8 Minute Read

Its development and popularisation has taken some key twists and turns, but a time-honoured knitted polo shirt will always be one of the most fundamental and versatile assets in a man’s wardrobe.

"/>      8 Minute Read

Its development and popularisation has taken some key twists and turns, but a time-honoured knitted polo shirt will always be one of the most fundamental and versatile assets in a man’s wardrobe.

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Short-Sleeved Polo Shirts: In the court of stylish restraint

      8 Minute Read

Its development and popularisation has taken some key twists and turns, but a time-honoured knitted polo shirt will always be one of the most fundamental and versatile assets in a man’s wardrobe.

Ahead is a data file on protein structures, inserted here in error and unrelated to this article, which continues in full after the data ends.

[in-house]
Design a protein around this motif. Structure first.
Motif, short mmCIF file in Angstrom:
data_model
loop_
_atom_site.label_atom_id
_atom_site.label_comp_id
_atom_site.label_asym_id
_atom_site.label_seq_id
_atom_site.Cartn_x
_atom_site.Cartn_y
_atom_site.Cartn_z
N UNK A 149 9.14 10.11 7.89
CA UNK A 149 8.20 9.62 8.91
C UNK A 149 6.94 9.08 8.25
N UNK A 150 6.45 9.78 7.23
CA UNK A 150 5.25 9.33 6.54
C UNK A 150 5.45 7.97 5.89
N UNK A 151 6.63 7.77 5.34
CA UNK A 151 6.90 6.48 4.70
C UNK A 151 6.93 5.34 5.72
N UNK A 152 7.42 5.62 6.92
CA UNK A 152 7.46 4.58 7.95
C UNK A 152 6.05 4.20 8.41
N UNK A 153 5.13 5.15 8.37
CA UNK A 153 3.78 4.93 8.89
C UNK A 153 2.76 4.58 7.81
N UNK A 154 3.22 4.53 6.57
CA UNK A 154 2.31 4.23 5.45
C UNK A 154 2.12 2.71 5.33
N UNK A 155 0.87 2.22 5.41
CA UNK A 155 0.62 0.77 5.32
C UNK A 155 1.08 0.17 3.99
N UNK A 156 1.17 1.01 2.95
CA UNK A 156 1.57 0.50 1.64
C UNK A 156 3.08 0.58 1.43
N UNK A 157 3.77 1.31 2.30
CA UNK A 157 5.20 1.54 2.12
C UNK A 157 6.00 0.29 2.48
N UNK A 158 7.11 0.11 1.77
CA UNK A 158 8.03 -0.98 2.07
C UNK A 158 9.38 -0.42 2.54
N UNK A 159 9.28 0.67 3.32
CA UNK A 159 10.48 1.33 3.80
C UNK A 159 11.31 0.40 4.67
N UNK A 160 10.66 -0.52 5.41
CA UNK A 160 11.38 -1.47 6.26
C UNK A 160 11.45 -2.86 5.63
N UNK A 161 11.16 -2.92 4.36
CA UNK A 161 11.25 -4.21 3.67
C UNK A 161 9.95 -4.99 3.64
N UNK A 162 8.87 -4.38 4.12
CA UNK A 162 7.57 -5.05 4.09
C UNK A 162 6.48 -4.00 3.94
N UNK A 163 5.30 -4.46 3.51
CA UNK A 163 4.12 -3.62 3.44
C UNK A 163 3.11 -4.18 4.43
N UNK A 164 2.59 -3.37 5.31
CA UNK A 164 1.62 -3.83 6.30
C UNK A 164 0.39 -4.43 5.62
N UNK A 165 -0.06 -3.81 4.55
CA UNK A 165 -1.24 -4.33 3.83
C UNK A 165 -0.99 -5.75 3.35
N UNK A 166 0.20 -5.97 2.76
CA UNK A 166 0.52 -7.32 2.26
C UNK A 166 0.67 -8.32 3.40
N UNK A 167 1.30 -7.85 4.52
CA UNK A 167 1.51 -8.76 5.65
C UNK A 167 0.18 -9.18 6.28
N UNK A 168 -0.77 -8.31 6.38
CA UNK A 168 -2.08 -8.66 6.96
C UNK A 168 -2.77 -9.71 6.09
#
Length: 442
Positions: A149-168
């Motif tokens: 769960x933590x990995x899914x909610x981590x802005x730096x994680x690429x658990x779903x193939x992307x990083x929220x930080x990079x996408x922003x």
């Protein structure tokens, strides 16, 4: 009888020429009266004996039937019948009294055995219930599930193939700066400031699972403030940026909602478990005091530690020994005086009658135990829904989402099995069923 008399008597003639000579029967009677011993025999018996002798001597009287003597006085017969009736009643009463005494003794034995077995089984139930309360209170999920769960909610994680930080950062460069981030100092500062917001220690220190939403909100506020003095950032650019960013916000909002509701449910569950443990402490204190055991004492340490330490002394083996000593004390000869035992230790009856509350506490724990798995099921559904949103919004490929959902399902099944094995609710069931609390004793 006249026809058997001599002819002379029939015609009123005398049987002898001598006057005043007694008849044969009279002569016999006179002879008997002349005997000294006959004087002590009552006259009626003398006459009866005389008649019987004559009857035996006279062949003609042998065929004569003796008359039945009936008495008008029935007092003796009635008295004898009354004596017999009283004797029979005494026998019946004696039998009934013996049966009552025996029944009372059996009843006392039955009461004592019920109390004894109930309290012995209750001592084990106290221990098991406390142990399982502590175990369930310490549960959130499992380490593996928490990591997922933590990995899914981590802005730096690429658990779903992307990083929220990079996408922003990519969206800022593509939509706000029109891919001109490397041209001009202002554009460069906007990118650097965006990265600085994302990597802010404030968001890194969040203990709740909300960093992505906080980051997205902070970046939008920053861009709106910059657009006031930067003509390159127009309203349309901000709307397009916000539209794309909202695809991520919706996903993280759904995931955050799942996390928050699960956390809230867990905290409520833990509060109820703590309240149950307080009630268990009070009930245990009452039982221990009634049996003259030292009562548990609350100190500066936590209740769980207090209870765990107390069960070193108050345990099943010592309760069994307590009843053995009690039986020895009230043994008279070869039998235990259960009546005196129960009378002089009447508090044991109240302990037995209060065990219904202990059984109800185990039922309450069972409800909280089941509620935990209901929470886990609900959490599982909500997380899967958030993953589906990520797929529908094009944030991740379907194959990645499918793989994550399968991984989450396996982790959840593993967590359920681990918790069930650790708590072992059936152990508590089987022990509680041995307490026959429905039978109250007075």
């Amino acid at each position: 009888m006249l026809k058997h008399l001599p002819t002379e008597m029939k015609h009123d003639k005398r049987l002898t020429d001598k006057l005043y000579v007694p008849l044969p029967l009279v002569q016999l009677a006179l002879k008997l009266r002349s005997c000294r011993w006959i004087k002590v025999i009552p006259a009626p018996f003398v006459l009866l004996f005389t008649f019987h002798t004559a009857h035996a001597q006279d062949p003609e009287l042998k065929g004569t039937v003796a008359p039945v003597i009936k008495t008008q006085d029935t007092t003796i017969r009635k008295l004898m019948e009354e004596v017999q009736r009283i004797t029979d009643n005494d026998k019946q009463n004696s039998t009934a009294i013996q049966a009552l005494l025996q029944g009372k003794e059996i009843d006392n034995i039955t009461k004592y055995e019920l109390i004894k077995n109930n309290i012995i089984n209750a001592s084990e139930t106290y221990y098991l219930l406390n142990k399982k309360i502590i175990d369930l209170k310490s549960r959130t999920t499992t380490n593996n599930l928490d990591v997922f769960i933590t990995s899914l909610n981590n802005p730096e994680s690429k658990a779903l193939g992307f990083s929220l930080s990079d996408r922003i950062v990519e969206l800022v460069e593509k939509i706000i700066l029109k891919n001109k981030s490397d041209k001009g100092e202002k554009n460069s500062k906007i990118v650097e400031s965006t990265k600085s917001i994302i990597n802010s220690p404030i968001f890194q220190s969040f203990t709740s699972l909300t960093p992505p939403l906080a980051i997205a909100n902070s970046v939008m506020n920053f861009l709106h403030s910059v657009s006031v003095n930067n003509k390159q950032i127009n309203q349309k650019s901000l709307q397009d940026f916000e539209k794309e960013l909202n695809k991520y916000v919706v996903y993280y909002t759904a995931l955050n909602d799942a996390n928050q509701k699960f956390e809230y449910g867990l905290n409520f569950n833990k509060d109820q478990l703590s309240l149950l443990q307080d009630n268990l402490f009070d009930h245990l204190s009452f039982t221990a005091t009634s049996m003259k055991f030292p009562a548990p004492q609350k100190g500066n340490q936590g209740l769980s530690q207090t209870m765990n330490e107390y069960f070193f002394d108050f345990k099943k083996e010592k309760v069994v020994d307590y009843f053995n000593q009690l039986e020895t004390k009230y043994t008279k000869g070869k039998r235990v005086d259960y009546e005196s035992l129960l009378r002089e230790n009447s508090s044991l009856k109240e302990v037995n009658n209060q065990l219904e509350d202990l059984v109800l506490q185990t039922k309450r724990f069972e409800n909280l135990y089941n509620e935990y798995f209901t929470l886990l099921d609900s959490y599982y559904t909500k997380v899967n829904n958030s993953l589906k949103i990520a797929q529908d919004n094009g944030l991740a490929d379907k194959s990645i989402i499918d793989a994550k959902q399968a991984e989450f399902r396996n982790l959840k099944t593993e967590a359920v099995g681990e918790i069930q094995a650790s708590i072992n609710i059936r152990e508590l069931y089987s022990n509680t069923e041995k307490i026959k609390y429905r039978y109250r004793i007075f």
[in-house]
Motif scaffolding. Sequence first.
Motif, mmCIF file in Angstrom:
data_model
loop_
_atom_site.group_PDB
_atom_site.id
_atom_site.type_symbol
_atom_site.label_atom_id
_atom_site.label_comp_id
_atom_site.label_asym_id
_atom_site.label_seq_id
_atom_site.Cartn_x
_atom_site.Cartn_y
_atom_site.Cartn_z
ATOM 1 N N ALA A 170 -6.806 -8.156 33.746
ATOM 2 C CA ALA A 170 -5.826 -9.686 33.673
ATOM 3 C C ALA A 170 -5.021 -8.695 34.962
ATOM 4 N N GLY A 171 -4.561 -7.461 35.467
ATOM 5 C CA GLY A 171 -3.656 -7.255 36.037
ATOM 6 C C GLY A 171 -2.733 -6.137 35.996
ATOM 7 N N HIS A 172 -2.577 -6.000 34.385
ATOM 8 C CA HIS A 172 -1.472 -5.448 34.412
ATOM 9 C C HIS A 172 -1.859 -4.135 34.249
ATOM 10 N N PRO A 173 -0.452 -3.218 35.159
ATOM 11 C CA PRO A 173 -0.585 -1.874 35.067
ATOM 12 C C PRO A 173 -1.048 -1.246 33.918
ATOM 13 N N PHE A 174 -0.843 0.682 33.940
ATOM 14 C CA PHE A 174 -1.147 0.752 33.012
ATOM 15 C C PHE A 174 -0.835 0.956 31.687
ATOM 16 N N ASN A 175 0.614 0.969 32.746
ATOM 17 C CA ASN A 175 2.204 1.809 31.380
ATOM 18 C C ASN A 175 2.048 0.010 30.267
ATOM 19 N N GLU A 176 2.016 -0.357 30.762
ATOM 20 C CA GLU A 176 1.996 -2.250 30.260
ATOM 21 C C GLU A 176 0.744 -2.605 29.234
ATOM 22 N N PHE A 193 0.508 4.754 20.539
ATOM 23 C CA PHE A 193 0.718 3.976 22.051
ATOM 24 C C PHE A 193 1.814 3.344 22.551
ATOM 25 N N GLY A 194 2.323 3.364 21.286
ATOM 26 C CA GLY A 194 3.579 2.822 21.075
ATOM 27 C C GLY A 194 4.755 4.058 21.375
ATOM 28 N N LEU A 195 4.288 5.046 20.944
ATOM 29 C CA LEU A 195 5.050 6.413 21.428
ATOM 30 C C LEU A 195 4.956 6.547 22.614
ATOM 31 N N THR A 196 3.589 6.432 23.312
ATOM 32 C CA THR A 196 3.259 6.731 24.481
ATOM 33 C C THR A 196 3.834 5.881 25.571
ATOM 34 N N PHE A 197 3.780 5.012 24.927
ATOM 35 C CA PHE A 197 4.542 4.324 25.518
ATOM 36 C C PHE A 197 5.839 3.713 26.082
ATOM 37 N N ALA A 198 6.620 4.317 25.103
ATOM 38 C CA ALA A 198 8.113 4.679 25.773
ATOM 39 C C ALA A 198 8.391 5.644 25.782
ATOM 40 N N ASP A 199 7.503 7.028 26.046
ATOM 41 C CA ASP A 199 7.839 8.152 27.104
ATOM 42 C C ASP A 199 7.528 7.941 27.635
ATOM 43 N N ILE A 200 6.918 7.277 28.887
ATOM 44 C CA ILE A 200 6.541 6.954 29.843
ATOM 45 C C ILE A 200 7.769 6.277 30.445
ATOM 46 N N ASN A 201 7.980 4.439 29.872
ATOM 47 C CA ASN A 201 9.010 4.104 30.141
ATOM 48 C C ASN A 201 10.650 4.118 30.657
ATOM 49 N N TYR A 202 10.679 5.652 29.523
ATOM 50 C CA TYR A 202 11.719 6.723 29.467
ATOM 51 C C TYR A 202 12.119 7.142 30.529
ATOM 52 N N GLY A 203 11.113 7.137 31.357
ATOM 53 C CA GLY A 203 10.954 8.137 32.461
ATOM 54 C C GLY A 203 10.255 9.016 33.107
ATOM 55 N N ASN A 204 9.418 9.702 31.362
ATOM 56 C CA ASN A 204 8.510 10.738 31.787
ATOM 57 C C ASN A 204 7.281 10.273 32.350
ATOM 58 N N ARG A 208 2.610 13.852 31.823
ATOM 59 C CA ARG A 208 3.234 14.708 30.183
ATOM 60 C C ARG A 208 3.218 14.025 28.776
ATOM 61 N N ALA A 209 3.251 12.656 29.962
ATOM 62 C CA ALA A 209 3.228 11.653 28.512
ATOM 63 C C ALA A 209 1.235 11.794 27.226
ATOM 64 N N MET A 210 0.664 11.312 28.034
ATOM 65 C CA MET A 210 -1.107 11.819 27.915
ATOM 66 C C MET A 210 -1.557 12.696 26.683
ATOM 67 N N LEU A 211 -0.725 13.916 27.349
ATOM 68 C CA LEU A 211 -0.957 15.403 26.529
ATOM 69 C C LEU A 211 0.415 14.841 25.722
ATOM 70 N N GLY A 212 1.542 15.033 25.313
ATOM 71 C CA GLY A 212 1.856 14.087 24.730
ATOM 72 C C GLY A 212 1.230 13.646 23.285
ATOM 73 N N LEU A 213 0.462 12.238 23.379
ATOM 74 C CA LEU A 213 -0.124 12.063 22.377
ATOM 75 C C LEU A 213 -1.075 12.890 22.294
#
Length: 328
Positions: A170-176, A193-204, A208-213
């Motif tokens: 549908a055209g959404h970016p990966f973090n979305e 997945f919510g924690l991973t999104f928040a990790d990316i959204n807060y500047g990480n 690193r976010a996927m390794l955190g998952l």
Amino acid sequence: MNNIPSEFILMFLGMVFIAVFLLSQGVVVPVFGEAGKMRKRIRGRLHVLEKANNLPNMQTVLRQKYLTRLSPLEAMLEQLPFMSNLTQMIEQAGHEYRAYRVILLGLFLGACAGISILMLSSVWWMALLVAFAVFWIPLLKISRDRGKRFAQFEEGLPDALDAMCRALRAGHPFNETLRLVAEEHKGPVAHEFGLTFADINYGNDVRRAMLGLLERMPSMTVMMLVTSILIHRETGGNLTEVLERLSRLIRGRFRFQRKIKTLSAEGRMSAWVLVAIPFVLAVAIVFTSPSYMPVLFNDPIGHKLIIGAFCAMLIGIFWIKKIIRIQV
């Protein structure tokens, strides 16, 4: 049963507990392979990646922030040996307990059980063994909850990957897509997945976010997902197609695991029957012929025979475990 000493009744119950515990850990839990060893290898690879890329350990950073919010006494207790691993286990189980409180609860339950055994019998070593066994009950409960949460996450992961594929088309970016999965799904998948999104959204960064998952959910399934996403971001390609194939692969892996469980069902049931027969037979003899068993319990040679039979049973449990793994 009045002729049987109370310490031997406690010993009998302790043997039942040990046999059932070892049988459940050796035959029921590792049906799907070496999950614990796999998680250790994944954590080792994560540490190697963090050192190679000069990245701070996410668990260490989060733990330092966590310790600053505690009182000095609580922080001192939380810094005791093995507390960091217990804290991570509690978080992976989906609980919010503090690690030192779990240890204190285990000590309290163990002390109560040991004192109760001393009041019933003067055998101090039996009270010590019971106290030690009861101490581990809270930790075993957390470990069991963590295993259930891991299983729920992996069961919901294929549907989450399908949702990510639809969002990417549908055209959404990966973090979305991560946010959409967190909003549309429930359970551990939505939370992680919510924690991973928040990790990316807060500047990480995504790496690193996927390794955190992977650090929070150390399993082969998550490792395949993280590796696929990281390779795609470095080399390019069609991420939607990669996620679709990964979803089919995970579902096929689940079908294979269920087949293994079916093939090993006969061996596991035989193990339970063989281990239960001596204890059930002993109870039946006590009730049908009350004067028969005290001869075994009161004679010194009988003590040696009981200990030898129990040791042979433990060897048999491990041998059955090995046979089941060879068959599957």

David Niven and Merle Oberon relaxing at the beach (Photo via Getty)

From the regal polo turf of the Kings of Manipur to the immaculately mown courts at the West Side Tennis Club, New York City, the polo shirt first came to prominence in the domain of sporting aristocracy. John E. Brooks of Brooks Brothers had gone some way to starting the polo shirt revolution by inventing the original Oxford cotton button-down, but it wasn’t until French tennis star of the 1920s, Jean René Lacoste, saw his friend the 5th Marquess of Cholmondeley wearing a polo shirt, that the design we recognize today was first mooted.

Up until this point, most tennis players competed wearing starched long-sleeved shirts (and tie) on occasion, which oozed sophisticated glamour, but it could be cumbersome in the heat during long sets. Lacoste, after analysing Cholmondeley’s polo shirt iteration, immediately saw its benefits in negating the attire’s restrictive nature.

Contributor

Freddie Anderson

Published

June 2022

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